Clergy and congregations are in an awkward dance together these days as they suffer from anxiety and conflict inside and outside the walls of the church. These concerns have existed for generations, but the price of r the conflict has gone up.
These changes have landed unbidden on the shores of congregations as they live in a liminal period of social change. Long-held religious assumptions on complicated social issues have been opened up for re-examination in a time not faced in the last few generations.
From Distrust to Trust is written to help congregations encounter these shifts with honest dialogue and hopeful trust. This book ably describes health-giving trust as a means to explore these changes. It is a helpful guide in examining the power of trust in a congregation. The authors, Matthew B. Sturtevant and Timothy J. Bonner, are both active participants in the community of the church.
From Distrust to Trust is not meant to be a book of solutions but is rather an exploration of processes to help congregational leaders determine how a healthy conversation can be held on controversial topics. As the authors admit, “Churches do not practice trust-building by accident.” These are animated conversations because the stakes are so high.
At the core of this book, there is the issue of health both for church staff and lay leadership as they navigate the troubled waters of racial justice, vaccination and relationship distinctions, generally represented by the welcoming and affirming issues, and opposing political differences on a wide array of issues. Many churches are actively engaging in these conversations, but many others are being forced to consider how they will respond as a congregation.
From Distrust to Trust explores how the congregation understands the vibrant diversity of the other, recognizing that how this is done demonstrates its capacity to practice elasticity. The authors paint a compelling picture of the community of God that can flex with those who affiliate and seek to practice their faith together.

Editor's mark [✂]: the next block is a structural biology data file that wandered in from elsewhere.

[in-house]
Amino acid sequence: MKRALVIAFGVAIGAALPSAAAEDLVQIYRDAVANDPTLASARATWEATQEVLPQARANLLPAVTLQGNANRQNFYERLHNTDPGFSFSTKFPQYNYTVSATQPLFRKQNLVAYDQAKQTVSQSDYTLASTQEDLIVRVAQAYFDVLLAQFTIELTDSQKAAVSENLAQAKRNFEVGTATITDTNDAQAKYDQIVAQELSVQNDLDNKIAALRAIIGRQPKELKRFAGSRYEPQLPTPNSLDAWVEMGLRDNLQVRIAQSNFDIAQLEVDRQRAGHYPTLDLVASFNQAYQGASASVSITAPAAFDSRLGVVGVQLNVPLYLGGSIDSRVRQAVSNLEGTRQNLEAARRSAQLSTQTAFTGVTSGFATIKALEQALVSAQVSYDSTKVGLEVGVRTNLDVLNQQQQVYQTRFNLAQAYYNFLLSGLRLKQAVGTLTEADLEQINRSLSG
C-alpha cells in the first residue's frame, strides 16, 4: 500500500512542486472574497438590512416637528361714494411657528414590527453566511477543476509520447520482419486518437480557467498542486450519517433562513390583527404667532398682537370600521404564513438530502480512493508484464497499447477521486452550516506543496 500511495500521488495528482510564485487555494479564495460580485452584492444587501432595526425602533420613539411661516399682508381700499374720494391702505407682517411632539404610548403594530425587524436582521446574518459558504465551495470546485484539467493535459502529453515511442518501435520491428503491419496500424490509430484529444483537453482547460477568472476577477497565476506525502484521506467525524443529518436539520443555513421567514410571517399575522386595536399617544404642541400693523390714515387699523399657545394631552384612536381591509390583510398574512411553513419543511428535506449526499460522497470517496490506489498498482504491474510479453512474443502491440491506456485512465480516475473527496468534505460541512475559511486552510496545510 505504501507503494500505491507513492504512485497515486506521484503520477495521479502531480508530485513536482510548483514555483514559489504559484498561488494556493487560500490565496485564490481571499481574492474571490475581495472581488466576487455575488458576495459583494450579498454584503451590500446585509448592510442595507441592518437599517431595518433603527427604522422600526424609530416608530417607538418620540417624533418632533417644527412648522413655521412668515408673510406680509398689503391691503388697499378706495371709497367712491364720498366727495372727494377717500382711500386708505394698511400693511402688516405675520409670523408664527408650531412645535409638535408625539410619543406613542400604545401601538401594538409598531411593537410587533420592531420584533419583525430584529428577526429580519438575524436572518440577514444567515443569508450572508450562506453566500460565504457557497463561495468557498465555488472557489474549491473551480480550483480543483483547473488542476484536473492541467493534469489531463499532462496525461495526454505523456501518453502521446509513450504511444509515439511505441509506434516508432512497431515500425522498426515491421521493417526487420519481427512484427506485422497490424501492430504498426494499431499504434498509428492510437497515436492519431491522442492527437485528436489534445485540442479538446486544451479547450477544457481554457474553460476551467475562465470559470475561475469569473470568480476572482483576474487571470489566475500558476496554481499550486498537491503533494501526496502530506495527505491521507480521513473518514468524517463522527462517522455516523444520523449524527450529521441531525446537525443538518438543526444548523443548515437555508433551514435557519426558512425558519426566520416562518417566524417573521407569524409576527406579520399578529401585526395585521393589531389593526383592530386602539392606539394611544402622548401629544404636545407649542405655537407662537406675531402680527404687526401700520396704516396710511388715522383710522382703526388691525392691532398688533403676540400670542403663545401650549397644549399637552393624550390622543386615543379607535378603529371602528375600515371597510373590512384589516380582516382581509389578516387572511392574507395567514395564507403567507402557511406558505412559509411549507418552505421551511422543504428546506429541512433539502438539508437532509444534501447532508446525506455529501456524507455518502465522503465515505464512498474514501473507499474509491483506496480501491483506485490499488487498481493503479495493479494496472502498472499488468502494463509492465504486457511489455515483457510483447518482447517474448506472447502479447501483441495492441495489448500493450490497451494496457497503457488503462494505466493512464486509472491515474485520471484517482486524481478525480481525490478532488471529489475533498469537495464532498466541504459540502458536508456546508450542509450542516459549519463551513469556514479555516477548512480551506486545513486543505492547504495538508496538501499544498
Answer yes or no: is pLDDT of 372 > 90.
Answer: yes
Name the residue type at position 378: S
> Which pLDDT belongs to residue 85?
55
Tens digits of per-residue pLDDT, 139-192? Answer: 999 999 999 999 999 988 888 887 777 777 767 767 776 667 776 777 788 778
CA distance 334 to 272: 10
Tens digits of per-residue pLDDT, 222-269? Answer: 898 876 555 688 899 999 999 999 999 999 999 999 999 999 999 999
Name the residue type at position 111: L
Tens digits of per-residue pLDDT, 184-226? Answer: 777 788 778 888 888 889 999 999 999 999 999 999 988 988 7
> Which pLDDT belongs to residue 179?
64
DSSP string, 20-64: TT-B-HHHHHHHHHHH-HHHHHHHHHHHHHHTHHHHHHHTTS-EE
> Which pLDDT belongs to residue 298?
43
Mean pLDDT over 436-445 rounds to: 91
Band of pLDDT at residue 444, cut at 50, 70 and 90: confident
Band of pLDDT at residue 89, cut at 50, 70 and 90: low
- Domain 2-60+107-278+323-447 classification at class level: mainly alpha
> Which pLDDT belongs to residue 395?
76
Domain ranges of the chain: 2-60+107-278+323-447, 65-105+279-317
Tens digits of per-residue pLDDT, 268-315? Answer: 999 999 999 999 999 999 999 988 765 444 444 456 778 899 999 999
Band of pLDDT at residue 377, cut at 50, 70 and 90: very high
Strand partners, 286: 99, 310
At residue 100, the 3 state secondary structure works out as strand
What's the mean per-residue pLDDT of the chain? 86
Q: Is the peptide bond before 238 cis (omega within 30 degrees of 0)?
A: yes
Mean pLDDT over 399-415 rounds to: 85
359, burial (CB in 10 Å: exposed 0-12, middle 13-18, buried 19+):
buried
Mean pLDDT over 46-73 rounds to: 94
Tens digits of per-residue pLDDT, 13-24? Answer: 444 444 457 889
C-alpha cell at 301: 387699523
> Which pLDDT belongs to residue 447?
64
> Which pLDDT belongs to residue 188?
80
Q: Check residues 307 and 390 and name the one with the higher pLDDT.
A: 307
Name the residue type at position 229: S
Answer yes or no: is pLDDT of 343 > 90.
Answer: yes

Building trust is the pathway congregational leaders can take to intentionally open up this vibrant diversity. Clearly, these steps along the pathway of building trust are spiritual steps that allow the congregation to serve God and build fellowship with one another until they come to experience the trust that will allow them to open themselves up to others in their midst.
On the pathway from mistrust to trust, congregational leaders are encouraged to draw upon the resources of their faith by exploring vulnerability, taking risks, and deepening interpersonal relationships in the congregation.
The authors are diligent researchers bringing together resources to stimulate congregational leaders who work to create meaningful conversations that the faith community might consider. The authors are practitioners in the church and wisely recognize that churches come in all sizes and all dispositions.
But their conversations are remarkably similar in that they all face the challenge of a spirited conversation with the wish that they find solutions and avoid the problem of fighting over issues which can lead to division.
We are living in a time of ever-deepening complexities that challenge the internal culture of the church. We will not agree on all things and must contend with the reality that we need to navigate these complicated issues with truth and commitment.
Matthew B. Sturtevant and Timothy J. Bonner’s From Distrust to Trust: Controversies and Conversations in Faith Communities recognizes the need and offers a thoughtful response.
Intentional interim minister at Countryside Community Church of Omaha, Nebraska, the Christian partner in the Tri-Faith Initiative, a partnership with the American Muslim Institute and Temple Israel. He is author of Living a Narrative Life, Exploring the Power of Stories (Smyth & Helwys, 2019).